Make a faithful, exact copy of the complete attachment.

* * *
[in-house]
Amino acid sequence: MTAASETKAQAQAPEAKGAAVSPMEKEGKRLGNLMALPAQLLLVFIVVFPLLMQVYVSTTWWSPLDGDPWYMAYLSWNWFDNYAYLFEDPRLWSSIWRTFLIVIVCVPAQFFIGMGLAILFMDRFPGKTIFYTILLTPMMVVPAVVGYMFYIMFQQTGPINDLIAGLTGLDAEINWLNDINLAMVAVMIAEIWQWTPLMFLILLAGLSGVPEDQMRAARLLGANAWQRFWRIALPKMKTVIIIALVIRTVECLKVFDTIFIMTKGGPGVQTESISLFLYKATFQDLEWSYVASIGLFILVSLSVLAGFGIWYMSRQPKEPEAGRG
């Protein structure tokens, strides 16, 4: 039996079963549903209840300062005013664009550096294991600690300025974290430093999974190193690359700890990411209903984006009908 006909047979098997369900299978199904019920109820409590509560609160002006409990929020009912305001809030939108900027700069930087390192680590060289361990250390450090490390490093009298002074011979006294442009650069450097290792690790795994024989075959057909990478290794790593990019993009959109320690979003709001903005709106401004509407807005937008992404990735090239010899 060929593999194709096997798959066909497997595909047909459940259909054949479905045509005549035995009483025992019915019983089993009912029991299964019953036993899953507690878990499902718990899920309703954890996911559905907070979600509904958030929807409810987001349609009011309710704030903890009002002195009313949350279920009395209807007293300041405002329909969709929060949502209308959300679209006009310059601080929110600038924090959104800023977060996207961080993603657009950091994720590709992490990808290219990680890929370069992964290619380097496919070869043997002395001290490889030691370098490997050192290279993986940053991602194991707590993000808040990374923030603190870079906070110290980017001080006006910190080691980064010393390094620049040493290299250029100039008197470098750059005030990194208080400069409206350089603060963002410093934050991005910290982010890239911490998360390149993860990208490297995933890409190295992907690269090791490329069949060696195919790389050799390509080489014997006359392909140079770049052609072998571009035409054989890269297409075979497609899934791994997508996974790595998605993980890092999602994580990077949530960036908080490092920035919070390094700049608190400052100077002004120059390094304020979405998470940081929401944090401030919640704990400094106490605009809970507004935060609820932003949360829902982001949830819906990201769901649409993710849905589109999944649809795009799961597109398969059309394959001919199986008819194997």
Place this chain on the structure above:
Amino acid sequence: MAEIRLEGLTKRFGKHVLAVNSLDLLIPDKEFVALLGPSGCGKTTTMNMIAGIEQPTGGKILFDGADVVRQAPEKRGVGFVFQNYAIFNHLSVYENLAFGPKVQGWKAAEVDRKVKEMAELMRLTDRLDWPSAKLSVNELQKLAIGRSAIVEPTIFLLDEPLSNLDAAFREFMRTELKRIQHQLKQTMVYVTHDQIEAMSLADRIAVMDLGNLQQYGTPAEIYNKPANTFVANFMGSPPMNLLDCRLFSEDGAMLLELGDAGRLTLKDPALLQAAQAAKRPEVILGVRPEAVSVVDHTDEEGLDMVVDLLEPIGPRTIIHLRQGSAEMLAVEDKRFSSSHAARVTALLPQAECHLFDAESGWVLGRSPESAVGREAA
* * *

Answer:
[in-house]
Amino acid sequence: MTAASETKAQAQAPEAKGAAVSPMEKEGKRLGNLMALPAQLLLVFIVVFPLLMQVYVSTTWWSPLDGDPWYMAYLSWNWFDNYAYLFEDPRLWSSIWRTFLIVIVCVPAQFFIGMGLAILFMDRFPGKTIFYTILLTPMMVVPAVVGYMFYIMFQQTGPINDLIAGLTGLDAEINWLNDINLAMVAVMIAEIWQWTPLMFLILLAGLSGVPEDQMRAARLLGANAWQRFWRIALPKMKTVIIIALVIRTVECLKVFDTIFIMTKGGPGVQTESISLFLYKATFQDLEWSYVASIGLFILVSLSVLAGFGIWYMSRQPKEPEAGRG
């Protein structure tokens, strides 16, 4: 039996079963549903209840300062005013664009550096294991600690300025974290430093999974190193690359700890990411209903984006009908 006909047979098997369900299978199904019920109820409590509560609160002006409990929020009912305001809030939108900027700069930087390192680590060289361990250390450090490390490093009298002074011979006294442009650069450097290792690790795994024989075959057909990478290794790593990019993009959109320690979003709001903005709106401004509407807005937008992404990735090239010899 060929593999194709096997798959066909497997595909047909459940259909054949479905045509005549035995009483025992019915019983089993009912029991299964019953036993899953507690878990499902718990899920309703954890996911559905907070979600509904958030929807409810987001349609009011309710704030903890009002002195009313949350279920009395209807007293300041405002329909969709929060949502209308959300679209006009310059601080929110600038924090959104800023977060996207961080993603657009950091994720590709992490990808290219990680890929370069992964290619380097496919070869043997002395001290490889030691370098490997050192290279993986940053991602194991707590993000808040990374923030603190870079906070110290980017001080006006910190080691980064010393390094620049040493290299250029100039008197470098750059005030990194208080400069409206350089603060963002410093934050991005910290982010890239911490998360390149993860990208490297995933890409190295992907690269090791490329069949060696195919790389050799390509080489014997006359392909140079770049052609072998571009035409054989890269297409075979497609899934791994997508996974790595998605993980890092999602994580990077949530960036908080490092920035919070390094700049608190400052100077002004120059390094304020979405998470940081929401944090401030919640704990400094106490605009809970507004935060609820932003949360829902982001949830819906990201769901649409993710849905589109999944649809795009799961597109398969059309394959001919199986008819194997």
Place this chain on the structure above:
Amino acid sequence: MAEIRLEGLTKRFGKHVLAVNSLDLLIPDKEFVALLGPSGCGKTTTMNMIAGIEQPTGGKILFDGADVVRQAPEKRGVGFVFQNYAIFNHLSVYENLAFGPKVQGWKAAEVDRKVKEMAELMRLTDRLDWPSAKLSVNELQKLAIGRSAIVEPTIFLLDEPLSNLDAAFREFMRTELKRIQHQLKQTMVYVTHDQIEAMSLADRIAVMDLGNLQQYGTPAEIYNKPANTFVANFMGSPPMNLLDCRLFSEDGAMLLELGDAGRLTLKDPALLQAAQAAKRPEVILGVRPEAVSVVDHTDEEGLDMVVDLLEPIGPRTIIHLRQGSAEMLAVEDKRFSSSHAARVTALLPQAECHLFDAESGWVLGRSPESAVGREAA